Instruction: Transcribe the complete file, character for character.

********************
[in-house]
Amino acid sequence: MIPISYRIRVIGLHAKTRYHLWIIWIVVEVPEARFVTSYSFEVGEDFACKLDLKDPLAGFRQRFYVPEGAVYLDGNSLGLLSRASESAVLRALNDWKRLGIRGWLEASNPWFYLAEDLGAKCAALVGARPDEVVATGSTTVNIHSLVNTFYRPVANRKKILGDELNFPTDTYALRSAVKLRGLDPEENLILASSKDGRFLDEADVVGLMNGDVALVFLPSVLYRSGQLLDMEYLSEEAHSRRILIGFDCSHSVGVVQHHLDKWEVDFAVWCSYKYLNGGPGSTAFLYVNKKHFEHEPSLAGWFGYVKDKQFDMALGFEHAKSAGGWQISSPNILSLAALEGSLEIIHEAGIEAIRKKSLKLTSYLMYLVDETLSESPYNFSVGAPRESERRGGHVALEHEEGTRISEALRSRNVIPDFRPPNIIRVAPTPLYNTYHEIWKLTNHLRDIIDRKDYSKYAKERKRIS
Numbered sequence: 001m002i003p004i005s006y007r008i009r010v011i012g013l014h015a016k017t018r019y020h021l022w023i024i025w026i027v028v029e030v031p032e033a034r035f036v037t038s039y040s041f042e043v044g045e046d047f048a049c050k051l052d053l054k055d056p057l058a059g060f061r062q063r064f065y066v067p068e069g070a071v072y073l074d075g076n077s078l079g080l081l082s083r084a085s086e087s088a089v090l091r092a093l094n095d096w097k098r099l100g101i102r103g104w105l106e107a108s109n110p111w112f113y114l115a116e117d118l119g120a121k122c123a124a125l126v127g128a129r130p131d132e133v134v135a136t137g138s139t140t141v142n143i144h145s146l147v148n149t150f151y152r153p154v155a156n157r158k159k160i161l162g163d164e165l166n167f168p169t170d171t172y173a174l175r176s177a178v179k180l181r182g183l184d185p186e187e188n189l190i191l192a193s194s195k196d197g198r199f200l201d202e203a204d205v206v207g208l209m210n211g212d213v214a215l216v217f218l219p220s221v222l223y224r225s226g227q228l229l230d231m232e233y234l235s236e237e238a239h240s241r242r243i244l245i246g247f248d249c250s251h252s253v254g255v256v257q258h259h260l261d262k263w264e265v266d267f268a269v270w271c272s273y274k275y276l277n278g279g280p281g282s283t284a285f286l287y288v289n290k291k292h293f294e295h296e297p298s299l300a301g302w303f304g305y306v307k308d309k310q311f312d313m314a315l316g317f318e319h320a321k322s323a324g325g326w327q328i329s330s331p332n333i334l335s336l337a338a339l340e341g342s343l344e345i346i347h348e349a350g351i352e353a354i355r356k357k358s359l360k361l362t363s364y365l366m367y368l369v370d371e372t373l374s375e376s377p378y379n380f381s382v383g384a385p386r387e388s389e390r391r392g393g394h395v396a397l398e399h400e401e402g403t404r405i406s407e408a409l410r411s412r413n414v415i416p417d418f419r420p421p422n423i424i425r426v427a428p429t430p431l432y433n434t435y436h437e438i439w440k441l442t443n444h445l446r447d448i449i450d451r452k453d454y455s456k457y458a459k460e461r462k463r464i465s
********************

[in-house]
Amino acid sequence: MIPISYRIRVIGLHAKTRYHLWIIWIVVEVPEARFVTSYSFEVGEDFACKLDLKDPLAGFRQRFYVPEGAVYLDGNSLGLLSRASESAVLRALNDWKRLGIRGWLEASNPWFYLAEDLGAKCAALVGARPDEVVATGSTTVNIHSLVNTFYRPVANRKKILGDELNFPTDTYALRSAVKLRGLDPEENLILASSKDGRFLDEADVVGLMNGDVALVFLPSVLYRSGQLLDMEYLSEEAHSRRILIGFDCSHSVGVVQHHLDKWEVDFAVWCSYKYLNGGPGSTAFLYVNKKHFEHEPSLAGWFGYVKDKQFDMALGFEHAKSAGGWQISSPNILSLAALEGSLEIIHEAGIEAIRKKSLKLTSYLMYLVDETLSESPYNFSVGAPRESERRGGHVALEHEEGTRISEALRSRNVIPDFRPPNIIRVAPTPLYNTYHEIWKLTNHLRDIIDRKDYSKYAKERKRIS
Numbered sequence: 001m002i003p004i005s006y007r008i009r010v011i012g013l014h015a016k017t018r019y020h021l022w023i024i025w026i027v028v029e030v031p032e033a034r035f036v037t038s039y040s041f042e043v044g045e046d047f048a049c050k051l052d053l054k055d056p057l058a059g060f061r062q063r064f065y066v067p068e069g070a071v072y073l074d075g076n077s078l079g080l081l082s083r084a085s086e087s088a089v090l091r092a093l094n095d096w097k098r099l100g101i102r103g104w105l106e107a108s109n110p111w112f113y114l115a116e117d118l119g120a121k122c123a124a125l126v127g128a129r130p131d132e133v134v135a136t137g138s139t140t141v142n143i144h145s146l147v148n149t150f151y152r153p154v155a156n157r158k159k160i161l162g163d164e165l166n167f168p169t170d171t172y173a174l175r176s177a178v179k180l181r182g183l184d185p186e187e188n189l190i191l192a193s194s195k196d197g198r199f200l201d202e203a204d205v206v207g208l209m210n211g212d213v214a215l216v217f218l219p220s221v222l223y224r225s226g227q228l229l230d231m232e233y234l235s236e237e238a239h240s241r242r243i244l245i246g247f248d249c250s251h252s253v254g255v256v257q258h259h260l261d262k263w264e265v266d267f268a269v270w271c272s273y274k275y276l277n278g279g280p281g282s283t284a285f286l287y288v289n290k291k292h293f294e295h296e297p298s299l300a301g302w303f304g305y306v307k308d309k310q311f312d313m314a315l316g317f318e319h320a321k322s323a324g325g326w327q328i329s330s331p332n333i334l335s336l337a338a339l340e341g342s343l344e345i346i347h348e349a350g351i352e353a354i355r356k357k358s359l360k361l362t363s364y365l366m367y368l369v370d371e372t373l374s375e376s377p378y379n380f381s382v383g384a385p386r387e388s389e390r391r392g393g394h395v396a397l398e399h400e401e402g403t404r405i406s407e408a409l410r411s412r413n414v415i416p417d418f419r420p421p422n423i424i425r426v427a428p429t430p431l432y433n434t435y436h437e438i439w440k441l442t443n444h445l446r447d448i449i450d451r452k453d454y455s456k457y458a459k460e461r462k463r464i465s